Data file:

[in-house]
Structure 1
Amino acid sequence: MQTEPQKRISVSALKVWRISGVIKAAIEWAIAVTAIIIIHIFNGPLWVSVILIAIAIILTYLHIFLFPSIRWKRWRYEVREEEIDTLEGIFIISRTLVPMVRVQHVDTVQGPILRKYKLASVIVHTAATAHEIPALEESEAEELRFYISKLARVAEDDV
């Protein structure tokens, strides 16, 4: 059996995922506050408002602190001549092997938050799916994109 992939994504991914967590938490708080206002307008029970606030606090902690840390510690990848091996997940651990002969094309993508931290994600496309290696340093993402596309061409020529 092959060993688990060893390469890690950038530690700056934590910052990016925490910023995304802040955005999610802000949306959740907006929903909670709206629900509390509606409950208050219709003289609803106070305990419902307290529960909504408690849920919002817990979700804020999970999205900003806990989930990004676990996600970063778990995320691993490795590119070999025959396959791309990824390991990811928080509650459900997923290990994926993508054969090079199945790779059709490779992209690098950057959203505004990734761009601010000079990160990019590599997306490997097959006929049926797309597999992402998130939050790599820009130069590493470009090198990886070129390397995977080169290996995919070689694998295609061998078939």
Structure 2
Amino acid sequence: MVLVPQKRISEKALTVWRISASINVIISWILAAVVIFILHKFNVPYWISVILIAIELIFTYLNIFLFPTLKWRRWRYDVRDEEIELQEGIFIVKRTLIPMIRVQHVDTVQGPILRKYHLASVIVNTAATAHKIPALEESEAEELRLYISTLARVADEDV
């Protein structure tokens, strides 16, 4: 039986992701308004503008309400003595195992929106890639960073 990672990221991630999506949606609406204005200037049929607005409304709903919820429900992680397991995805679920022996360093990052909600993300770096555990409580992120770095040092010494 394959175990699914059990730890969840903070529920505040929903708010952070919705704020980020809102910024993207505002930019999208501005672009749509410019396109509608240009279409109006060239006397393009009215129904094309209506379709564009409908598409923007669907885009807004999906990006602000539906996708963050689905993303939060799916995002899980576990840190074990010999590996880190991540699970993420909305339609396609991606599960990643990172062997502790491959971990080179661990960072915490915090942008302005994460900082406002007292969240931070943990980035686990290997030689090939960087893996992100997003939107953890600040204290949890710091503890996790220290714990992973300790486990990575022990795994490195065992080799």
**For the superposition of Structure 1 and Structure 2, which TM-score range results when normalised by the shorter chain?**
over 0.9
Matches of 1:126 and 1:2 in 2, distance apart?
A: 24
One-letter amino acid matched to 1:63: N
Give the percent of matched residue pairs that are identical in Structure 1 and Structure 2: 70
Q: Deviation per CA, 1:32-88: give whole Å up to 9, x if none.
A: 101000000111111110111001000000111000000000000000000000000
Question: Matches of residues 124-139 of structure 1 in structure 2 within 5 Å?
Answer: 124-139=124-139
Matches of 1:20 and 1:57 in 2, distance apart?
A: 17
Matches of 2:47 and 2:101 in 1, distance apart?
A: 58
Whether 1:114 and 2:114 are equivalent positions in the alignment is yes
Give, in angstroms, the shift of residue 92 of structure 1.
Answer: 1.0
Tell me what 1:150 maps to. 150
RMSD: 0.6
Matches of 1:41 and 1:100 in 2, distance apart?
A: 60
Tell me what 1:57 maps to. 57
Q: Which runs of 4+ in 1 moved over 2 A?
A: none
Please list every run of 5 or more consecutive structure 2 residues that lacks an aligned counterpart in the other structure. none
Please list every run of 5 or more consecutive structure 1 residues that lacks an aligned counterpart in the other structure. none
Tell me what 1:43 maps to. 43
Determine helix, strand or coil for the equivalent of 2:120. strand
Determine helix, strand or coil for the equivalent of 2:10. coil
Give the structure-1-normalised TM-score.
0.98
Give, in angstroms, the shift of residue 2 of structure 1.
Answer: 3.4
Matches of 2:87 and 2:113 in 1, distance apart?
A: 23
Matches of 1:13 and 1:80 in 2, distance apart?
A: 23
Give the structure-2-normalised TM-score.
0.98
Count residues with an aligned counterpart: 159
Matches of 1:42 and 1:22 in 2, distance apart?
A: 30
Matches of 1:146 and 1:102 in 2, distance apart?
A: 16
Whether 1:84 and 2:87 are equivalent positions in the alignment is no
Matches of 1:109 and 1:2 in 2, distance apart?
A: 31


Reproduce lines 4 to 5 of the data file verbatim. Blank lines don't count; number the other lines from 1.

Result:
């Protein structure tokens, strides 16, 4: 059996995922506050408002602190001549092997938050799916994109 992939994504991914967590938490708080206002307008029970606030606090902690840390510690990848091996997940651990002969094309993508931290994600496309290696340093993402596309061409020529 092959060993688990060893390469890690950038530690700056934590910052990016925490910023995304802040955005999610802000949306959740907006929903909670709206629900509390509606409950208050219709003289609803106070305990419902307290529960909504408690849920919002817990979700804020999970999205900003806990989930990004676990996600970063778990995320691993490795590119070999025959396959791309990824390991990811928080509650459900997923290990994926993508054969090079199945790779059709490779992209690098950057959203505004990734761009601010000079990160990019590599997306490997097959006929049926797309597999992402998130939050790599820009130069590493470009090198990886070129390397995977080169290996995919070689694998295609061998078939």
Structure 2